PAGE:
Countries that embrace many of the things social conservatives detest, like comprehensive sex education, pro-gay legislation, nude or topless beaches, legal or decriminalized prostitution, adult entertainment, tend to be countries that have less sexual dysfunction than the United States, not more.
When one compares sexual attitudes in the United States to sexual attitudes in Western Europe, it becomes evident that there is a strong correlation between social conservatism and higher rates of teen pregnancy, abortion and sexually transmitted diseases.
Don’t Call Me a Prude!
Calling a woman a slut because she happens to enjoy sex a la carte or on the first date (or for any reason) is just not on these days. If you use the word as a man, you’re misogynist. If you use it as a woman, you’re anti-feminist.
While the shaming of the word has spread acceptance of women’s sexual liberation, it’s a woman’s right to not use that liberation just because it’s there. Which brings me to my point: it’s just as terrible to call a woman a prude as it is to call her a slut.
Whipping out the word “prude” to describe a partner who isn’t willing to strip down on your time table is incredibly, unfairly judgmental.
It’s when the term comes into the hands of a potential lover as a means of pressure that it becomes the most problematic.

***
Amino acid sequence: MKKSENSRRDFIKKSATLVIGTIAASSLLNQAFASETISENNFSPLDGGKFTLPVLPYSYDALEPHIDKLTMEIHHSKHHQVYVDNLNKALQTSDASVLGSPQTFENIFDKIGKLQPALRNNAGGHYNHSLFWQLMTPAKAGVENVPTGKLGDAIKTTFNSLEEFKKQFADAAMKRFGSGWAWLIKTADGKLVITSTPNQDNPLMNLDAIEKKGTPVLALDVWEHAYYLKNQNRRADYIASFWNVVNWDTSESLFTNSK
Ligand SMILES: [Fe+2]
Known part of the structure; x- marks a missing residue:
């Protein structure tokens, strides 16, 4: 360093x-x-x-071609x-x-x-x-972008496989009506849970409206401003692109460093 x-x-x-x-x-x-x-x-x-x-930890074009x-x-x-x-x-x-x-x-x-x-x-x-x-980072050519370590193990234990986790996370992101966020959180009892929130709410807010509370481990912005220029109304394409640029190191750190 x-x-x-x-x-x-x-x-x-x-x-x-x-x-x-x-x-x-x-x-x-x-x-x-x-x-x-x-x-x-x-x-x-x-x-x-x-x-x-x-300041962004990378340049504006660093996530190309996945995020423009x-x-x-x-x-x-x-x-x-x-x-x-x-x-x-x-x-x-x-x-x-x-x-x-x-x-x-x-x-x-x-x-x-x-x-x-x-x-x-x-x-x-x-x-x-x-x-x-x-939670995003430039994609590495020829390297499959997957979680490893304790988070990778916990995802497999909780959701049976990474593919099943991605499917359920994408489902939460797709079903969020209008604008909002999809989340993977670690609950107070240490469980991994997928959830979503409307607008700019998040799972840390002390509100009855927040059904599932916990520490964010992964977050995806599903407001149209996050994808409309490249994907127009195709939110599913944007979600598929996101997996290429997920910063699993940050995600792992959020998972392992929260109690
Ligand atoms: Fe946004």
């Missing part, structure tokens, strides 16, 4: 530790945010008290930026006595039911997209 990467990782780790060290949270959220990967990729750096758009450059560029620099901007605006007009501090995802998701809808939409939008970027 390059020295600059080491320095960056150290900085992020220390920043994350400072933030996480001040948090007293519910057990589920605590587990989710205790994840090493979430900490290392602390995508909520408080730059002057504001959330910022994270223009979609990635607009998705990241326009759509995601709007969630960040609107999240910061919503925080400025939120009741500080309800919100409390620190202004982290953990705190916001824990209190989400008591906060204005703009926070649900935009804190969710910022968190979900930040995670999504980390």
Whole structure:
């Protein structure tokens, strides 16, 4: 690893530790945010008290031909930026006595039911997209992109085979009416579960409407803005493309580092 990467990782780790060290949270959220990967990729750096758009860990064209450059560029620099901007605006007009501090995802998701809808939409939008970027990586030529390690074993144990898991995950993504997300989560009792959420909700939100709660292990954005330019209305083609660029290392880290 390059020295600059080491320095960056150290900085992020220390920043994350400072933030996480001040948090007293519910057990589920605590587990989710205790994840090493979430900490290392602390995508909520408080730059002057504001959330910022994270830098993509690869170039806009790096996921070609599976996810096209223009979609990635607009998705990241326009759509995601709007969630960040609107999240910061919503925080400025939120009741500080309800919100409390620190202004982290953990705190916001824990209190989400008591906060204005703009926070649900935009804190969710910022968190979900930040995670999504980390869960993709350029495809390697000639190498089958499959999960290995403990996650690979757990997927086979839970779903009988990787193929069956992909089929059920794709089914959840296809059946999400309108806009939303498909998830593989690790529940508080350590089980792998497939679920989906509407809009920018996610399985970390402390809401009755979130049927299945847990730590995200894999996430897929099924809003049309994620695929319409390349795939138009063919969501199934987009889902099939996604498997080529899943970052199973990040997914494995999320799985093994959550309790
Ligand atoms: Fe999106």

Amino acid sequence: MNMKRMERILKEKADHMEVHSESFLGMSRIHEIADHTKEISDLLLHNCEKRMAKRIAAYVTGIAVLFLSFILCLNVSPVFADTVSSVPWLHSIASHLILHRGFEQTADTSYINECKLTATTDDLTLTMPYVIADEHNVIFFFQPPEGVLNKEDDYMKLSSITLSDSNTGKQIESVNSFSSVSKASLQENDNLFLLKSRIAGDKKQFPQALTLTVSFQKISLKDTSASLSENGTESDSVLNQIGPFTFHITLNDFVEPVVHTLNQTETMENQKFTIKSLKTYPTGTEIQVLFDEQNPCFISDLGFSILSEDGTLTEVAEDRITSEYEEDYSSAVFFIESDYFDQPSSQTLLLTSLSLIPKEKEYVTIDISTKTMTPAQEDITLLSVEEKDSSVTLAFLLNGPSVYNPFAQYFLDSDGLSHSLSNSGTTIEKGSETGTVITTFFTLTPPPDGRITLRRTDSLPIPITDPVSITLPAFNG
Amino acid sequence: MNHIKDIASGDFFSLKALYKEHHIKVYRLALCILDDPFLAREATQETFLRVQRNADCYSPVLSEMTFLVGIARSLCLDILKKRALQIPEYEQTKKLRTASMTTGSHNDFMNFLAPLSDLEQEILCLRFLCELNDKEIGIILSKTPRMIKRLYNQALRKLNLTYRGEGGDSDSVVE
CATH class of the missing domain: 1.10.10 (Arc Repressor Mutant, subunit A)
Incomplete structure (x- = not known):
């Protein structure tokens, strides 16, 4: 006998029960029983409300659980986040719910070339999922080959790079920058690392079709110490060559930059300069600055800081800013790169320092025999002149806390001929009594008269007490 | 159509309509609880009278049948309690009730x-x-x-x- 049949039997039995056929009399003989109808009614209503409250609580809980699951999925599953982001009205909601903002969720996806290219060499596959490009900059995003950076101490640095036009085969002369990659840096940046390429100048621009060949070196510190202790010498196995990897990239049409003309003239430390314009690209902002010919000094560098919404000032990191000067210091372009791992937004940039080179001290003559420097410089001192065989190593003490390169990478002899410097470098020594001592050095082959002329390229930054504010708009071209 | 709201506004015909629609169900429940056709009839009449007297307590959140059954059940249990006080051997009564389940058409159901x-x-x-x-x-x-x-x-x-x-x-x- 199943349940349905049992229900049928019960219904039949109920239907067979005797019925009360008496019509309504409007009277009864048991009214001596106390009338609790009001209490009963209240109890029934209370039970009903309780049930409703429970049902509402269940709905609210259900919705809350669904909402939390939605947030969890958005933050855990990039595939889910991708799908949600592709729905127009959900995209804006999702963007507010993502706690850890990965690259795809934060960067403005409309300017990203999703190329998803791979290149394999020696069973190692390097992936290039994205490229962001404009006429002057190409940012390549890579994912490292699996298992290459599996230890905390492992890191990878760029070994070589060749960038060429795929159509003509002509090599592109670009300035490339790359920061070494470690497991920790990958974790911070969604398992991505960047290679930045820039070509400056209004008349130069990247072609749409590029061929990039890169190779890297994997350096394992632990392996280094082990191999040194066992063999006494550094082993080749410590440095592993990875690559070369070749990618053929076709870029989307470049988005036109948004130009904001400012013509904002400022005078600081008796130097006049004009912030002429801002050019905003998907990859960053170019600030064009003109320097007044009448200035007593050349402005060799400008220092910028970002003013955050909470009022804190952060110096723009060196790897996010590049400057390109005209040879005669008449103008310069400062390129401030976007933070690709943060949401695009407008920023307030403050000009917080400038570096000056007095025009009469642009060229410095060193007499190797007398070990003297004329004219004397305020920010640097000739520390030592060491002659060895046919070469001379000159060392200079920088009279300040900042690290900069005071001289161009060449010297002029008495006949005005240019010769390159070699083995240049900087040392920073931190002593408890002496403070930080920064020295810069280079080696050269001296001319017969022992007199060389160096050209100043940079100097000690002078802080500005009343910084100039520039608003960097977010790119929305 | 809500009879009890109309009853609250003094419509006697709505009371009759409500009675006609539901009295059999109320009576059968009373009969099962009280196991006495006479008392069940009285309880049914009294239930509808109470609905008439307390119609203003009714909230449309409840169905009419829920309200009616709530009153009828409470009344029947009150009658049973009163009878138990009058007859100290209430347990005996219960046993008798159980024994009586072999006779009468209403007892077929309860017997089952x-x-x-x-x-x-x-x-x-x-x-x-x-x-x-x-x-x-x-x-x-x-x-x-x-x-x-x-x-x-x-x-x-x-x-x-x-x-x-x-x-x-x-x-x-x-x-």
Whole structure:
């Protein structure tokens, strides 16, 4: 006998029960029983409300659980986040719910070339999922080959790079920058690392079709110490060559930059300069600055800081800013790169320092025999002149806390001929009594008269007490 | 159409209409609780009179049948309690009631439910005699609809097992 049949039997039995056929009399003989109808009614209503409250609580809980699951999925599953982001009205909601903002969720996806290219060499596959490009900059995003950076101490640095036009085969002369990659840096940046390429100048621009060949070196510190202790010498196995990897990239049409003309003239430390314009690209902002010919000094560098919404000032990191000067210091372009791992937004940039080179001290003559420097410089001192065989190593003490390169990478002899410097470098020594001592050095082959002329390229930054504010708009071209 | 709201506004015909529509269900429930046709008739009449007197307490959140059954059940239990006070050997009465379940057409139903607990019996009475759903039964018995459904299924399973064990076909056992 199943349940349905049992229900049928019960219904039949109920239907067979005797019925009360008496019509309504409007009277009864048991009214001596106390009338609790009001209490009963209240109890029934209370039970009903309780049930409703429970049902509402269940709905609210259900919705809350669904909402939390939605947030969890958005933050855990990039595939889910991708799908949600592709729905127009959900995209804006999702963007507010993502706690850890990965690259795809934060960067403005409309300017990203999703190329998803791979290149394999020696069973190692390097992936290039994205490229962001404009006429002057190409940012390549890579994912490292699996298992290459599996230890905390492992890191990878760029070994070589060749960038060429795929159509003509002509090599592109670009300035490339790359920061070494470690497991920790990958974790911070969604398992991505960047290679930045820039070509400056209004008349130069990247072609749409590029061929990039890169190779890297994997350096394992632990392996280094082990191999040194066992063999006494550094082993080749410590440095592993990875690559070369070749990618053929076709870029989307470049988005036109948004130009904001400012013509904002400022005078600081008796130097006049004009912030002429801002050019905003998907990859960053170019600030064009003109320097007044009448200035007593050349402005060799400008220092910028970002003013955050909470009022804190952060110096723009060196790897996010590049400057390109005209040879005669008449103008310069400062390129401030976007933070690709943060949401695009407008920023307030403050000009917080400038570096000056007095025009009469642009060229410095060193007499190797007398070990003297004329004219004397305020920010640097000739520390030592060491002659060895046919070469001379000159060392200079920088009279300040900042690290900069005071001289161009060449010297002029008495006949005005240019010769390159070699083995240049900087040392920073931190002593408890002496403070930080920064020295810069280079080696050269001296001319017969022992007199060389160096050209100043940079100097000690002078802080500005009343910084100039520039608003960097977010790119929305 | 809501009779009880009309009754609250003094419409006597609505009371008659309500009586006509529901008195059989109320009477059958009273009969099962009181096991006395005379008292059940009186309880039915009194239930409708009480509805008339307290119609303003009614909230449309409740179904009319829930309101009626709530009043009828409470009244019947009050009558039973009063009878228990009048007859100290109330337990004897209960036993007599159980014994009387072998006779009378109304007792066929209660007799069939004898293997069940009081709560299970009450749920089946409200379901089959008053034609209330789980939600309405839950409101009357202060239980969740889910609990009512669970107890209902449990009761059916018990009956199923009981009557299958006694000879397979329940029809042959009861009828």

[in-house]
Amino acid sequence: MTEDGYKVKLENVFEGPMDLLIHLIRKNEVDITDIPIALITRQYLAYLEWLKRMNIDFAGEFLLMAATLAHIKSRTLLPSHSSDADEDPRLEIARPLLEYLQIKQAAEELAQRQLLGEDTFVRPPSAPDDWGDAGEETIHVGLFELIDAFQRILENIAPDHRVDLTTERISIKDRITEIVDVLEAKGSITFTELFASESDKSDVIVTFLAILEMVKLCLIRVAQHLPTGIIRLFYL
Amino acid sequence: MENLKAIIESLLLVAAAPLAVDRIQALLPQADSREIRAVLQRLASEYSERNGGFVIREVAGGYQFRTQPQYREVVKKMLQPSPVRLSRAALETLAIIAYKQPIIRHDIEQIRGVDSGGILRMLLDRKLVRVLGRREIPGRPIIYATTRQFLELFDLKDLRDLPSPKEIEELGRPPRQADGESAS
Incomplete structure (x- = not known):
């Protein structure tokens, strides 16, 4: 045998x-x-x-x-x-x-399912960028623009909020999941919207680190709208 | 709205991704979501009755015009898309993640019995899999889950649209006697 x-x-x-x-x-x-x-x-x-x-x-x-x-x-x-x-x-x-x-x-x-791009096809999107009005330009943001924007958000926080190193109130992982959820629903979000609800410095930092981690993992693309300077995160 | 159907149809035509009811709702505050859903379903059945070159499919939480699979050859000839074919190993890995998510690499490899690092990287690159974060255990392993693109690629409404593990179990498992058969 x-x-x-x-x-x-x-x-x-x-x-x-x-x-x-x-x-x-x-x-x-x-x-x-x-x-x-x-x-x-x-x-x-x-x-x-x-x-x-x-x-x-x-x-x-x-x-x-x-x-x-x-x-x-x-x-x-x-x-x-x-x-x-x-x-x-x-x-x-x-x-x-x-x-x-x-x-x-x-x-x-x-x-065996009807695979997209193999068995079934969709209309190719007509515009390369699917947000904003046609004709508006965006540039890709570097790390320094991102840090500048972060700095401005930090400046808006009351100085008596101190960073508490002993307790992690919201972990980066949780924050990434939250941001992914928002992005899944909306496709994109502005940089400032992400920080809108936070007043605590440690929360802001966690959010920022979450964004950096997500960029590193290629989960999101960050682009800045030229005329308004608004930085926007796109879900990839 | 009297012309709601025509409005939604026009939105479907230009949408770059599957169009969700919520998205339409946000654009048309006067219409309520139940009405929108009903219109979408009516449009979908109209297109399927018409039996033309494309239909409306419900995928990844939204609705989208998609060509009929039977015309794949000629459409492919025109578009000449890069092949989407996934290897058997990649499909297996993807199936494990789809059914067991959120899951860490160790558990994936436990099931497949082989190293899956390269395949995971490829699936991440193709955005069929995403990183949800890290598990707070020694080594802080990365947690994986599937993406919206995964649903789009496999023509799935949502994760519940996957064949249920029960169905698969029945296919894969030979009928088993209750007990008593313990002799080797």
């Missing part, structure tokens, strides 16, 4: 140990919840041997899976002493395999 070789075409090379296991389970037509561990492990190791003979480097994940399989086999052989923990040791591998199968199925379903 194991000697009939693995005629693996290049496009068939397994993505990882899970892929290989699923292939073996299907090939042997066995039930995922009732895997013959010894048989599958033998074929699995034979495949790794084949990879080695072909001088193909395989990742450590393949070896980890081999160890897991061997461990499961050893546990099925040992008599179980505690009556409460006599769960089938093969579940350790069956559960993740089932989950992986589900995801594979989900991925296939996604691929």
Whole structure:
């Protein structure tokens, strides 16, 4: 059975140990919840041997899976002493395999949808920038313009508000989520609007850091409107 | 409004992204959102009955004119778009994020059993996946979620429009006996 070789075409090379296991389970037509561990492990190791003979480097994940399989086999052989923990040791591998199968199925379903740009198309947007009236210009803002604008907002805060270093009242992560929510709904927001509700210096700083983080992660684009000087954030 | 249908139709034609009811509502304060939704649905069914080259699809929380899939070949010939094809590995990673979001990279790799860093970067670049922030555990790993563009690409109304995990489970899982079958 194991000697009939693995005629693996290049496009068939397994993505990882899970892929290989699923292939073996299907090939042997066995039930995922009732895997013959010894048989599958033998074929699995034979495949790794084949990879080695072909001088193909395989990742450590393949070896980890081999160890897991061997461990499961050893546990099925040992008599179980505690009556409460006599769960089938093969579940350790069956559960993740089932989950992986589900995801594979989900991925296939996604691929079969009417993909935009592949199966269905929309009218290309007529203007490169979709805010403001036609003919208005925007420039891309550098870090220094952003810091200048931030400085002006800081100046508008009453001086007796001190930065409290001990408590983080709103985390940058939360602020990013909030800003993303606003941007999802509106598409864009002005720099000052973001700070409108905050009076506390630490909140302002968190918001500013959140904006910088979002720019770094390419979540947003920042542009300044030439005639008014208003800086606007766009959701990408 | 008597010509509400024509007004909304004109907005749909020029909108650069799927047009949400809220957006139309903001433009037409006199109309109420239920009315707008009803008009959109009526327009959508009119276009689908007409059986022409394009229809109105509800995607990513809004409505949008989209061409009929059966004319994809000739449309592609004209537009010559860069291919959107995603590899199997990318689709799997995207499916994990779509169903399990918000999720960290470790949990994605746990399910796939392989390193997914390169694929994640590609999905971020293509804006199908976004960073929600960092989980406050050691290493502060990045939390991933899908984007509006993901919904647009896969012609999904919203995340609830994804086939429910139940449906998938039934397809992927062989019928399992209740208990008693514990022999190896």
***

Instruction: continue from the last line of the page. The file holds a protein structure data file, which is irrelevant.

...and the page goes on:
Take my friend’s potential prude-gate situation with the guy she wasn’t quite ready to sleep with. She wasn’t using the word prude as a non-emotionally-charged description of herself and her resolute decision to make more modest choices.
She was using it to assess her understanding of her partner’s disappointment in ending yet another date without sex.
She was using it to pass judgment on herself as she believed he would. And when used that way, as it often is, prude becomes just as dangerous as slut.
It creates another demoralizing pejorative that is meant to make a woman change behavior society (or men in that society) have deemed unwanted.
In the wrong hands, either word can become a weapon wrought with unfair expectation, judgment, and negativity.
Whether you’re calling someone out for a dearth of dirty business or an excess of sexual activity, using either prude or slut to describe that person simply whittles his or her thoughts, feelings, and decisions down to a single derisive word.
There are host of reasons one might choose to slow down or speed up the track to sexual satisfaction.
Slapping a callous word in place devalues those thoughts and reasons and places women on a difficult balance beam of trying to find that magic spot where she’s not putting out too much but is putting out just enough. Trust me, that spot is harder to find than the mystical G spot.
Dating is tough enough as it is – do we really need another reason to opt for the safety of Netflix and pizza over the terrifying excitement of coffee with someone new?
The answer is more obvious than me renewing my Netflix subscription for yet another month. Let’s just agree to let each other make the choices that are right for us without pressure and judgment and drop prude into the slut-bucket, where it belongs.